Tuesday, 18 December 2007

Rules for Religious Right Bloggers

I've been an avid consumer of blogs for five or six years. I am decidedly left-wing but have always enjoyed reading blogs from the other side, partly to understand the other perspective and partly because I seem to enjoy making myself angry.
I'm one of those bleeding-heart types that wishes we could all hold hands and sing The Youngbloods' Get Together under a rainbow while bunnies and fawns frolic in the background, so in that spirit I present some helpful guidelines for Religious Right bloggers who come into contact/seek out discourse with the secular left wing. Yes, my side makes mistakes too. I'm sure someone can make a list for them (if such a thing does not already exist).

1. If your main reason for believing in something is religion just come out and admit that. If an opinion is deeply entrenched in religion it usually can't be changed, and you'll almost certainly be unable to convince the other side if they do not hold your religious views. Most people are not douche bags and will respect your views and drop the argument. If they are douche bags and use that as an opportunity to call you a moron why are you bothering with them anyway?

2. Don't ever use scripture in a debate with an atheist unless they ask you to quote bible verse to back up an argument. You are more likely to succeed in making a point if you don't bring the bible into it. As soon as you use scripture any good arguments you make will be disregarded. The exception to this is if you are asked to prove you are not misrepresenting the bible, but be prepared for your sparring partner to suggest you are misinterpreting the passage and/or taking it our of context. Yes, you will find that irritating, which leads me to number 3.

3. Don't expect that the other side is completely ignorant of the complexities of your religion. There is all likelihood that you have studied the bible more than they have, but for all you know they may have spent many years in the church before a change of direction.

4. Try not to witness to others on the internet. I actually sympathise greatly on this one. If you are religious you believe the stakes are so very high that you have a duty to tell anyone anywhere about the truth as you know it. That urge comes from a wonderful, kind place, but try to hold back on it. Witness to others all you like in the real world, but stifle it on the internet. Why? The written word lacks the ability to communicate with tone, facial expression and body language. I have been witnessed to many times out in the real world and I have never felt anything less than affection for those doing so, but the internet lacks that ability to convey warmth. I have had people on the internet espouse opinions identical to my own and completely rub me the wrong way. It is so very unwanted, which leads to...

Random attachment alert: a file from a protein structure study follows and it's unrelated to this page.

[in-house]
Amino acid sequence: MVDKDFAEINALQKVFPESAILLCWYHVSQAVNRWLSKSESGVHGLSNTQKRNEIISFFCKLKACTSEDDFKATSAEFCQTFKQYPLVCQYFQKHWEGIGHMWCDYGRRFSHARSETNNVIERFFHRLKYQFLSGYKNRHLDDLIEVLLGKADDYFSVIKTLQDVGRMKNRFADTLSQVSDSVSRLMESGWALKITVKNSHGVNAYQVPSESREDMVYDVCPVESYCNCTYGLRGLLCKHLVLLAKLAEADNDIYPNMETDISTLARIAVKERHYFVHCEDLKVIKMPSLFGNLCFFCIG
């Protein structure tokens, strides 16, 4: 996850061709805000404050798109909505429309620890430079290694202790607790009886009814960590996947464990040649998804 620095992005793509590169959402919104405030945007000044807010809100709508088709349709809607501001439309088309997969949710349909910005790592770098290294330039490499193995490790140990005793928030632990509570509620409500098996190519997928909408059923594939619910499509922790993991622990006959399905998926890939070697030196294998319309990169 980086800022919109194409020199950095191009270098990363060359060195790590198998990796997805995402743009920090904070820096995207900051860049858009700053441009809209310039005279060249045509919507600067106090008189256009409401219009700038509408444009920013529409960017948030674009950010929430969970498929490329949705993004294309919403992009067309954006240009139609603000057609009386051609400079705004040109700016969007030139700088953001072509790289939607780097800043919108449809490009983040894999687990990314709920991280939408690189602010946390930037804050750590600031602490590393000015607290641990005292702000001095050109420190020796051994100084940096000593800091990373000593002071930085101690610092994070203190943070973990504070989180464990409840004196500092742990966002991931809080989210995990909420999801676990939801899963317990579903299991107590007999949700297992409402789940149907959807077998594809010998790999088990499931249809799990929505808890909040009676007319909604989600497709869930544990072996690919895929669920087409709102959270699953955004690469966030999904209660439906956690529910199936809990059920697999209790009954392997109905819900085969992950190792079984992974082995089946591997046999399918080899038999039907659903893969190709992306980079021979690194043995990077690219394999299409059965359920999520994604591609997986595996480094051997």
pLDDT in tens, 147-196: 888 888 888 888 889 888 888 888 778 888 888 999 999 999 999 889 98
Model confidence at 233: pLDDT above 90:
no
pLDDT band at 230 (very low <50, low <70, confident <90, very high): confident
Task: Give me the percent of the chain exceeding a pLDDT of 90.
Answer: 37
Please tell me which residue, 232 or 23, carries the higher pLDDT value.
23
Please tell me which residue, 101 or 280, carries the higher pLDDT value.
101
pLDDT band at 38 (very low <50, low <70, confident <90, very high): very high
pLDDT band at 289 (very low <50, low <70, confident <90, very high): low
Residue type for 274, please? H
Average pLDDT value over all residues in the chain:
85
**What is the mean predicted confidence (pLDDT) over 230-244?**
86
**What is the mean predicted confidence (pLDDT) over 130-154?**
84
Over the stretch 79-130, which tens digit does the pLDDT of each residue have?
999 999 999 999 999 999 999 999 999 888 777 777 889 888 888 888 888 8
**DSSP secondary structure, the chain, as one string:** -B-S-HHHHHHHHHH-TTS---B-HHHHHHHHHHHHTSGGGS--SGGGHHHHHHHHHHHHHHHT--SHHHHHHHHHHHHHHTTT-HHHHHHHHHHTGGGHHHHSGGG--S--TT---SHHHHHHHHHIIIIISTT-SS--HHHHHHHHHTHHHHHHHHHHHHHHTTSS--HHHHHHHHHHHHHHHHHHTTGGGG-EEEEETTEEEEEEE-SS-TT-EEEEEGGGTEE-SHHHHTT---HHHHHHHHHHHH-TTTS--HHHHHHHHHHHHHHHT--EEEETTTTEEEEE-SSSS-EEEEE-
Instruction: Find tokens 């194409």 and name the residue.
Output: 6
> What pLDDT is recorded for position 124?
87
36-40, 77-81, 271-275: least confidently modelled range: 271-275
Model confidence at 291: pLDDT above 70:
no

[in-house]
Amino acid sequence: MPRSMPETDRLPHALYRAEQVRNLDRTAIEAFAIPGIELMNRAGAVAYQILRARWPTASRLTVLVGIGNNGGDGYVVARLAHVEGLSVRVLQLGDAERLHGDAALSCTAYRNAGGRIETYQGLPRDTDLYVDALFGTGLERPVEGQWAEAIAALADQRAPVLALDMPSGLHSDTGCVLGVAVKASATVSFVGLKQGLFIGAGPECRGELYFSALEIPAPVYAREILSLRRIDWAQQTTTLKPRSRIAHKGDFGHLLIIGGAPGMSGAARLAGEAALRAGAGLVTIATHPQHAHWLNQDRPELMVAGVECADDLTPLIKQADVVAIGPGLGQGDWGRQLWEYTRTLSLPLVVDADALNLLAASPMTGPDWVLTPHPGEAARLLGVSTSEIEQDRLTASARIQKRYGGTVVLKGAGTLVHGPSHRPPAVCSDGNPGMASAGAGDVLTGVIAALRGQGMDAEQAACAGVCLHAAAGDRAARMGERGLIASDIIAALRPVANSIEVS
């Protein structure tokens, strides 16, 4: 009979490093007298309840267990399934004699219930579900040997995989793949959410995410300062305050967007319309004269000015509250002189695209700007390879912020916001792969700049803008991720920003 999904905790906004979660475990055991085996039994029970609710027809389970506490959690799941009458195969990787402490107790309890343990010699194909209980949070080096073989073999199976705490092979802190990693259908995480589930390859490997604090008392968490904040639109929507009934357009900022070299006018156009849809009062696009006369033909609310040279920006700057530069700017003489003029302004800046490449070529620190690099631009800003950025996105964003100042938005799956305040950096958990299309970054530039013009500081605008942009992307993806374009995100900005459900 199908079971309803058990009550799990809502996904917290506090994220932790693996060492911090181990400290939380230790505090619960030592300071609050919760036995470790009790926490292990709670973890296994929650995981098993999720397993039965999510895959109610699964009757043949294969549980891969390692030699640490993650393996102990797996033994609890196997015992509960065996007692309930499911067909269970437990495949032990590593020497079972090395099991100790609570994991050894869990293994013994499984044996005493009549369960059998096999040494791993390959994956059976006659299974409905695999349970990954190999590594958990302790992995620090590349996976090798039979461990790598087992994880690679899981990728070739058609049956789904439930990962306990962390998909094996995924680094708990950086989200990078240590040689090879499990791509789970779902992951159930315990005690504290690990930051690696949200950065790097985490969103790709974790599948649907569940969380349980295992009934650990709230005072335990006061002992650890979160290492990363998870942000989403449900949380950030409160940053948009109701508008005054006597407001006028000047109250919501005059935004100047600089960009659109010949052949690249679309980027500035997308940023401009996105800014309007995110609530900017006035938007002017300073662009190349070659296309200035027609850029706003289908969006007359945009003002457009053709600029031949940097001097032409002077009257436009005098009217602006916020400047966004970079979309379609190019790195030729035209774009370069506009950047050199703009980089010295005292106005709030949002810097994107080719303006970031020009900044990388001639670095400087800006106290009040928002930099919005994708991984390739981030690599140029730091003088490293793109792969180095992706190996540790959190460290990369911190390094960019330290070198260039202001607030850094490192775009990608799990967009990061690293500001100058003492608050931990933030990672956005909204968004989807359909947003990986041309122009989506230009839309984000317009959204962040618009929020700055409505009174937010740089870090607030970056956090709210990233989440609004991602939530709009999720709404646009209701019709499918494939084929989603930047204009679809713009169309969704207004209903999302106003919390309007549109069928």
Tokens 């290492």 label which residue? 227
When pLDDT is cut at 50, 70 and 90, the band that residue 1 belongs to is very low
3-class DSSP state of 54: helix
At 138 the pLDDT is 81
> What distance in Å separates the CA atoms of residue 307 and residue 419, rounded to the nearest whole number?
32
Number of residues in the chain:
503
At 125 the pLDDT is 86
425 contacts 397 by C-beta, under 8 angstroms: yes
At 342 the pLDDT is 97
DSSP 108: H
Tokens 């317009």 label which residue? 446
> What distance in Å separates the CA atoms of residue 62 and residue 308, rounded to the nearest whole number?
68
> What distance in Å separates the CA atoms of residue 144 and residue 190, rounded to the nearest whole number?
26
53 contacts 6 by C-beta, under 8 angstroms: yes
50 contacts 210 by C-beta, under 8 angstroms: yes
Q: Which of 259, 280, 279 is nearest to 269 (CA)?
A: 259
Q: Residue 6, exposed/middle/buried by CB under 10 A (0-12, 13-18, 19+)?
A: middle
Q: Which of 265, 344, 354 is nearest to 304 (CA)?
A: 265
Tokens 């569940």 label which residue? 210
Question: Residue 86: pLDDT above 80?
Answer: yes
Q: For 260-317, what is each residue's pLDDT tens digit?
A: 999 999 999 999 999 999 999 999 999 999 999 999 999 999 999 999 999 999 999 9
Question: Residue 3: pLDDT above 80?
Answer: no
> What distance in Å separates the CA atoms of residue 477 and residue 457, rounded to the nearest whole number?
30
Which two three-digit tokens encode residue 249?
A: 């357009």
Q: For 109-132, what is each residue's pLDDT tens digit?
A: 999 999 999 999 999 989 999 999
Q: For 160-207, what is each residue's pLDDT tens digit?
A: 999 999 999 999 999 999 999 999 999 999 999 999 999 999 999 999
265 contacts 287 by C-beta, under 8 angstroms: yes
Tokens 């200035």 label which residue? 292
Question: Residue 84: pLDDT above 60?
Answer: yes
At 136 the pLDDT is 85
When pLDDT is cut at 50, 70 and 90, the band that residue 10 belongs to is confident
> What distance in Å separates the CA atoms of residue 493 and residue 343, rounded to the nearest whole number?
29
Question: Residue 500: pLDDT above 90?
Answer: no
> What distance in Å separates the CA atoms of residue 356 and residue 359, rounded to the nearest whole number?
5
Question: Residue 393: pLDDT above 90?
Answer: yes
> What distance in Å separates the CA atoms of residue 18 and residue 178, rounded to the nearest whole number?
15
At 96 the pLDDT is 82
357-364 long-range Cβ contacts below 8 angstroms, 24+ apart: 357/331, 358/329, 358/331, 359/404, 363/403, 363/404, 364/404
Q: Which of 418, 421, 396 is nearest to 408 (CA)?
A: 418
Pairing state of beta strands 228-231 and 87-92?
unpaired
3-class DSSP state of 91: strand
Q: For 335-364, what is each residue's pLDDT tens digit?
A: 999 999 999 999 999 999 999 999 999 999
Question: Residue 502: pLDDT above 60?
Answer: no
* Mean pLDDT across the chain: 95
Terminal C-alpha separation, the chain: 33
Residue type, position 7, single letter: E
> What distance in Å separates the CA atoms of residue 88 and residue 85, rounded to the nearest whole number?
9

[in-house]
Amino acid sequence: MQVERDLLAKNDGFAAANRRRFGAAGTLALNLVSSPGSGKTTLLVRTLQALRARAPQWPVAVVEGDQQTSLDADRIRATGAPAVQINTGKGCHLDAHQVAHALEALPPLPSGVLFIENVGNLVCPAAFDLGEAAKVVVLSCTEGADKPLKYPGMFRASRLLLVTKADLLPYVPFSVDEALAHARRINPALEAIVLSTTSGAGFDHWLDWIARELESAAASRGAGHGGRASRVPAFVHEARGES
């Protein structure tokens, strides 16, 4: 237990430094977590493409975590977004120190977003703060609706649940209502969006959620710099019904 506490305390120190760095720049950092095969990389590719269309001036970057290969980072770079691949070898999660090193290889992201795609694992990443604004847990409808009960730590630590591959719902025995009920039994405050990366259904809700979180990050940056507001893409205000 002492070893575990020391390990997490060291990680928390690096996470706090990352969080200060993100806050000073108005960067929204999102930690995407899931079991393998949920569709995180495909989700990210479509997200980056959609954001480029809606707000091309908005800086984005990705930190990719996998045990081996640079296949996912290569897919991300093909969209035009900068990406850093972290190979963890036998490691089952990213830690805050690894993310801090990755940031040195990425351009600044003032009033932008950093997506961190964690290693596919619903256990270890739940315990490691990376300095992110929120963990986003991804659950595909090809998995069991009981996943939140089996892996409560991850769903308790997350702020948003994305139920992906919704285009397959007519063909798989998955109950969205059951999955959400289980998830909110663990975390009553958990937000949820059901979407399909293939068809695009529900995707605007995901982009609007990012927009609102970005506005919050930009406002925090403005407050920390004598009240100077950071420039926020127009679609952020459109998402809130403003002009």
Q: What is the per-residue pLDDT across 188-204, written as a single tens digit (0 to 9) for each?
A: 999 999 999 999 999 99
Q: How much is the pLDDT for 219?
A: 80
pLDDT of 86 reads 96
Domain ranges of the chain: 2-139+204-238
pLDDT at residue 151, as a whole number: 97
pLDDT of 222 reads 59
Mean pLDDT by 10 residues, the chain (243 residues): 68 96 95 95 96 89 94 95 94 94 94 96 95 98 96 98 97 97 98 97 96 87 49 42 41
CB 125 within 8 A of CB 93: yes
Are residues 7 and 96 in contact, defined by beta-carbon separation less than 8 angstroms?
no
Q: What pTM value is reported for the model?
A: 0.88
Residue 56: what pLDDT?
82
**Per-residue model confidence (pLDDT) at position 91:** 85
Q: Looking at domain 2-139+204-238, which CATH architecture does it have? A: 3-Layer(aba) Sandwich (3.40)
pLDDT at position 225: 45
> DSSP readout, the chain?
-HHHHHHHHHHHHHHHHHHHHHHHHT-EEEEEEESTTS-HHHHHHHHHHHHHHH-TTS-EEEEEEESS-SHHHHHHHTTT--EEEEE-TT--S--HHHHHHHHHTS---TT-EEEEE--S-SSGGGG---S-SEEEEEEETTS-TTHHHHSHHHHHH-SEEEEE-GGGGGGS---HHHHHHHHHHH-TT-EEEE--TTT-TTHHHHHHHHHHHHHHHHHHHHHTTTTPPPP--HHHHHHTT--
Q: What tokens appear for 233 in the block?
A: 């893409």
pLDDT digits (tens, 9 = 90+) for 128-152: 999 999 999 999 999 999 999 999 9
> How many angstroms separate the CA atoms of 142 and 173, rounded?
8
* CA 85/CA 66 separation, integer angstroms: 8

5. Don't give unsolicited advice. This applies to everyone and is one I struggle with greatly. The internet creates a false sense of intimacy and friendship. I can read a blog for a couple of years and never comment and then one day I stumble across an entry for which I badly want to hit reply and give my $0.02. But who am I to them? They don't know I have read their blog every single day, for all they know that entry was the first I ever read. The best rule of thumb is only ever give advice when it is asked for and if you simply must give unsolicited advice you should take it to email so that it is private.

6. Don't ever make an entry on your own blog directing your readers to a debate you are currently having elsewhere. I've seen this happen so many times. Some bloggers are quite blatant about it: "Come help me teach this libtard a lesson!", while others are more subtle and pretend they are just helpfully giving their readers a link to a discussion of interest. It makes you look cowardly by trying to get back-up when you have waded into a debate on a blog in which you are clearly the minority view, and it can sometimes lead to very nasty people attacking the other side. You may be able to have a civil debate with someone, but you may have lurkers on your blog whom share your views but not your civility. If you have lead them over they are representing you.

7. Do show support for others. Do direct your readers over to a blog to congratulate them on the birth of their new child or offer condolences over the death of a parent. This is the best thing you can do to promote good feelings about Christians.

8. Don't gloat over a victory. After an election or a supreme court ruling many people will be feeling quite battered and bruised. Don't go over to the other side and gloat when it goes your way. Feel free to do so on your own blog but be prepared to alienate some of your readers.

That's all for now. It's a strange first post for a blog, especially since I don't intend for this to be a debate blog.

No comments: